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Does divorce order trump estate planning?

One estate consideration that individuals might face during second or later marriages is that a divorce order might exist that impacts how probate matters will be decided. How you approach estate planning in this type of situation depends on a variety of factors, and you do want to be sure both parties in the new marriage are aware of previous divorce decrees that could come into play.

For example, one couple was married after the man had been previously married. At the time of the marriage, he had two minor children with his first wife. He also was party to a divorce order that required him to maintain $300,000 worth of life insurance that would be paid to his children if he passed away.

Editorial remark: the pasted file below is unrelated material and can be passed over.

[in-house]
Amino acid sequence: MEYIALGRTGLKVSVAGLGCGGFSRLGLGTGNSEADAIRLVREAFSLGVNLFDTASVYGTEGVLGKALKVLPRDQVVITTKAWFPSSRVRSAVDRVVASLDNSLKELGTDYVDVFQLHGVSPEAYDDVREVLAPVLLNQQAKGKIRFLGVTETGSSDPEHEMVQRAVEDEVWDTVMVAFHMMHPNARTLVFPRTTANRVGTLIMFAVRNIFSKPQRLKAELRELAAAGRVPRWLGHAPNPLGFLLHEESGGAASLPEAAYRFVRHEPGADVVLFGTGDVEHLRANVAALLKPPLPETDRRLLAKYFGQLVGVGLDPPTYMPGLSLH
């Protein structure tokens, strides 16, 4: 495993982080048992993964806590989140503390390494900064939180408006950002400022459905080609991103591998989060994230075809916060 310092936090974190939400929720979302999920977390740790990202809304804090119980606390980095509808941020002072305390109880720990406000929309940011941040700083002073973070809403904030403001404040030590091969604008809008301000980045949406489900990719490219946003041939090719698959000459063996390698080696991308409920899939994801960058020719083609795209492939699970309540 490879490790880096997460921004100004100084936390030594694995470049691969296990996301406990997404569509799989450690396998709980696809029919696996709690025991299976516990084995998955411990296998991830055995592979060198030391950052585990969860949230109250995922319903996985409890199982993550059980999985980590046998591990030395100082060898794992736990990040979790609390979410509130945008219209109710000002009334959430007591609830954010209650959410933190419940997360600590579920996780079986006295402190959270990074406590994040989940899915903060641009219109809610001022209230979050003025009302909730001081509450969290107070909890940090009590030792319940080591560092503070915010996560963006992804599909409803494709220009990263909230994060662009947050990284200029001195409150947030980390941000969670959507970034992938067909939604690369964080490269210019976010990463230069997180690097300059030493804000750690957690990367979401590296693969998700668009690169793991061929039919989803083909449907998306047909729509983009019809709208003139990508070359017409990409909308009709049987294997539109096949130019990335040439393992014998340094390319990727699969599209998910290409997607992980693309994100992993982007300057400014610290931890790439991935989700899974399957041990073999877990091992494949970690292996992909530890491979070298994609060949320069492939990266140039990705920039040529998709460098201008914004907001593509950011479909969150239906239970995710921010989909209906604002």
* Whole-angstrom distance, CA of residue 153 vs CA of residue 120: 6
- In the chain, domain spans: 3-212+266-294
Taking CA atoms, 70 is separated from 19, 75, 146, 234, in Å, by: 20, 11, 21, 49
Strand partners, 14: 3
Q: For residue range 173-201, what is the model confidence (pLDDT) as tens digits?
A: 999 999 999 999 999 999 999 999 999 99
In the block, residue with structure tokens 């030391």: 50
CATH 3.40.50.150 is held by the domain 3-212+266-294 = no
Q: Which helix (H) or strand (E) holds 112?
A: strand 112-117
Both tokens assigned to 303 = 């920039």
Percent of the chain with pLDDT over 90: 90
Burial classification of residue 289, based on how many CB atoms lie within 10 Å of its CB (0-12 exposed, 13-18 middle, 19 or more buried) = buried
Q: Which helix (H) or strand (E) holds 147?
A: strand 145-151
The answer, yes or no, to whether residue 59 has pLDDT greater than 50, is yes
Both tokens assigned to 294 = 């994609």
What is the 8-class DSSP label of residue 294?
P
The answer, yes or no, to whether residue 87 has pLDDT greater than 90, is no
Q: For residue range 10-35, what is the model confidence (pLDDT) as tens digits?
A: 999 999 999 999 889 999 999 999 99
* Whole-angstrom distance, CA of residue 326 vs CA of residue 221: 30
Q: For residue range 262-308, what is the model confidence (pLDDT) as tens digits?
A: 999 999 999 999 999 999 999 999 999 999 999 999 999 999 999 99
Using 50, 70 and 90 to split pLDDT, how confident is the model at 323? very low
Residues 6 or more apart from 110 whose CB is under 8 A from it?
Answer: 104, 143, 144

The man did have the appropriate life insurance, but he'd listed his current wife as the beneficiary. He did not, at the time, have a will or other estate document. According to probate laws, a life insurance policy does not have to enter probate. It automatically pays to the beneficiary upon the death of the person named in the policy.

Thus, in this case, the life insurance benefit would pay to the second wife without a requirement for her to pay it to the children of the first marriage. However, because of the divorce order, the children of that marriage would have a case to sue for $300,000 from the man's estate should the current wife not pay over the life insurance benefits.

Ensuring that you understand how a divorce impacts your estate planning is critical to protecting all your heirs. Working with an estate law professional lets you consider all options and understand the implications of various types of law and situations on your estate.

Source: MarketWatch, "Can I leave my stepchildren nothing if my husband dies?," Quentin Fottrell, accessed Nov. 25, 2016

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